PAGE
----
Strengths and limitations of study

Inability to get all eligible participants to participate in the study was a limitation. Again, being a cross-sectional study, causality, and trend of results could not be determined. However, the major strength of this study is provision of much needed data to fill the existing literature gap among patients with BU which is an emerging disease condition in Nigeria.

Financial support and sponsorship

Nil.

Conflicts of interest

There are no conflicts of interest.



 
   References Top

1.
Beauchamp TL, Childress JF. Principles of Biomedical Ethics. 7th ed.. New York: Oxford University Press; 2013.  Back to cited text no. 1
    
2.
Berg JW, Appelbaum PS, Lidz CW, Parker L. Informed Consent: Legal Theory and Clinical Practice. 2nd ed.. New York: Oxford University Press; 2001.  Back to cited text no. 2
    
3.
Millum J, Campbell M, Luna F, Malekzadeh A, Karim QA. Ethical challenges in global health-related stigma research. BMC Med 2019;17:84.  Back to cited text no. 3
    
4.
National Code of Health Research Ethics, Section F. Available from: http://www.nhrec.net/nhrec/NCHRE_Aug%2007.pdf. [Last accessed on 2020 May 29].  Back to cited text no. 4
    
5.
Hofstraat K, van Brakel WH. Social stigma towards neglected tropical diseases: A systematic review. Int Health 2016;8 Suppl 1:i53-70.  Back to cited text no. 5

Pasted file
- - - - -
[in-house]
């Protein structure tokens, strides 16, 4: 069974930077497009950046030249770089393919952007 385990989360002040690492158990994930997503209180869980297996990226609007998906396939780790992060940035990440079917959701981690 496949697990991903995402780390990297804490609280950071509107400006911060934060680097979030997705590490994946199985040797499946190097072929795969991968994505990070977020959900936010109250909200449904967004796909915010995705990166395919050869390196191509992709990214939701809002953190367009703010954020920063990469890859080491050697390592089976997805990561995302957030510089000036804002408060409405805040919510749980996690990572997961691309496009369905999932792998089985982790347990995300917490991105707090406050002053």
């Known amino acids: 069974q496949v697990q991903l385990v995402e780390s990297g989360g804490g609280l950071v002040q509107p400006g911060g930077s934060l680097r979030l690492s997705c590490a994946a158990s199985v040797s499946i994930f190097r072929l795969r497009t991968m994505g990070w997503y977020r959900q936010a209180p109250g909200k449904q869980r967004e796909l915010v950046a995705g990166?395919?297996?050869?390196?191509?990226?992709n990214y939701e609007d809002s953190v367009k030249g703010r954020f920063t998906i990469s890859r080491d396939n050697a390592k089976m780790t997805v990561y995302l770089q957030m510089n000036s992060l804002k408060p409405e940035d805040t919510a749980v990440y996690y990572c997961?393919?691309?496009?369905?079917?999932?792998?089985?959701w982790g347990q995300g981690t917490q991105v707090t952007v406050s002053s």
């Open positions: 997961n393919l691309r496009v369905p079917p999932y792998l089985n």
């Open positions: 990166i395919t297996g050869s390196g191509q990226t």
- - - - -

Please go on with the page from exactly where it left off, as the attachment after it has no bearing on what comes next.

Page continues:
6.
Weiss MG. Stigma and the social burden of neglected tropical diseases. PLoS Negl Trop Dis 2008;2:e237.  Back to cited text no. 6
    
7.
Ukwaja KN, Meka AO, Chukwuka A, Asiedu KB, Huber KL, Eddyani M, et al. Buruli ulcer in Nigeria: Results of a pilot case study in three rural districts. Infect Dis Poverty 2016;5:39.  Back to cited text no. 7
    
8.
Röltgen K, Pluschke G. Epidemiology and disease burden of Buruli ulcer: A review. Res Rep Trop Med 2015;6:59-73.  Back to cited text no. 8
    
9.
Huang GK, Johnson PD. Epidemiology and management of Buruli ulcer. Expert Rev Anti Infect Ther 2014;12:855-65.  Back to cited text no. 9
    
10.
Nwafor CC, Meka A, Chukwu JN, Ekeke N, Alphonsus C, Mbah O, et al. Assessment of community knowledge, attitude, and stigma of Buruli ulcer disease in Southern Nigeria. Afr Health Sci 2019;19:2100-11.  Back to cited text no. 10
    
11.
Bester J, Cole CM, Kodish E. The limits of informed consent for an overwhelmed patient: clinicians' role in protecting patients and preventing overwhelm. AMA J Ethics 2016:18 Suppl 9:869-86.  Back to cited text no. 11